The department of energy has said that the country has a high level of renewable energy potential and presently has in place a target of 10 000 gigawatt hours of renewable energy.
The energy minister is committed to ensuring that 3 725 megawatts (MW) is generated from renewable energy sources so as to ensure the continued non-stop supply of electricity.
(READ MORE: S.Africa's transition to renewable energy resources)
The department on its website says that the independent power producer procurement programme (IPP) has been designed so as to contribute towards the targeted 3 725 megawatts and towards socio-economic and environmentally sustainable growth, and to start and stimulate the renewable industry in South Africa.
An energy experts says current plans of intensifying on renewable energy are being stalled by seed funding that is being held back in the energy space.
Gavin Maxwell, chairman of Coolfin Partnership Ireland told CNBC Africa that some geographies were classified more risky than others which was ultimately affecting funding.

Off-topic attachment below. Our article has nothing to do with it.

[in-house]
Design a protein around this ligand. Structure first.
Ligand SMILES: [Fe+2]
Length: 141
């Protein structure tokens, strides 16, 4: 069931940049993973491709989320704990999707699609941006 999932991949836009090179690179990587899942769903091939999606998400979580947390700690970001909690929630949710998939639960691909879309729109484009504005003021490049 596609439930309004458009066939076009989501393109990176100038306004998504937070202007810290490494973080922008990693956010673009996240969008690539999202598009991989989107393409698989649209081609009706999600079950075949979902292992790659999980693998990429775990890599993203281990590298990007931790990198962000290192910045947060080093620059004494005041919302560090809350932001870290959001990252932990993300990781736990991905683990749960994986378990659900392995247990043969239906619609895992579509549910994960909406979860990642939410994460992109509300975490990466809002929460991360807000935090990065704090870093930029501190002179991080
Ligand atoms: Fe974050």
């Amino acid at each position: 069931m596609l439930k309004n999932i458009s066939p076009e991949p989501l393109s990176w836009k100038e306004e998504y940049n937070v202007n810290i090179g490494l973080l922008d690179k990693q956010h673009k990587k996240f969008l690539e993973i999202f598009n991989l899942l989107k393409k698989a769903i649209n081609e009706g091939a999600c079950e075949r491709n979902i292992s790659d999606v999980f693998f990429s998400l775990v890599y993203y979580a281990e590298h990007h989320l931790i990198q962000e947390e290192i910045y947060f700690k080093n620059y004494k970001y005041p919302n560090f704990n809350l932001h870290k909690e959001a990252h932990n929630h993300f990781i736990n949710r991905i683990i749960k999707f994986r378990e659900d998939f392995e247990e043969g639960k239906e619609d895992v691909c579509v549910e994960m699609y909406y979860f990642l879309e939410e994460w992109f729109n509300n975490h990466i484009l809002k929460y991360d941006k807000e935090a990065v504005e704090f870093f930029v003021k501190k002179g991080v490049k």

“South Africa is leading the way with many renewable energy projects together with Kenya which is also doing a good job with renewables,” Maxwell noted.
Maxwell said that building relations was critical to ensuring energy supply in the country.
“I think forging relationship is about getting the ability to seed more projects and getting more projects off the ground more quickly especially for new developers and independent power production companies,” said he.
(READ MORE: Renewable energy growth a part of IFC's plans for S.Africa)
He added that the key question was in creating renewable energy options that were sustainable in the long term.
Renewable energy is defined as energy derived from resources which are naturally replaced on a human timescale such as sunlight, wind, rain, tides, waves and geothermal heat.
About 16 per cent of global final energy consumption presently comes from renewable properties, with 10 per cent of all energy from traditional biomass, mainly used for heating, and 3.4 per cent from hydroelectricity.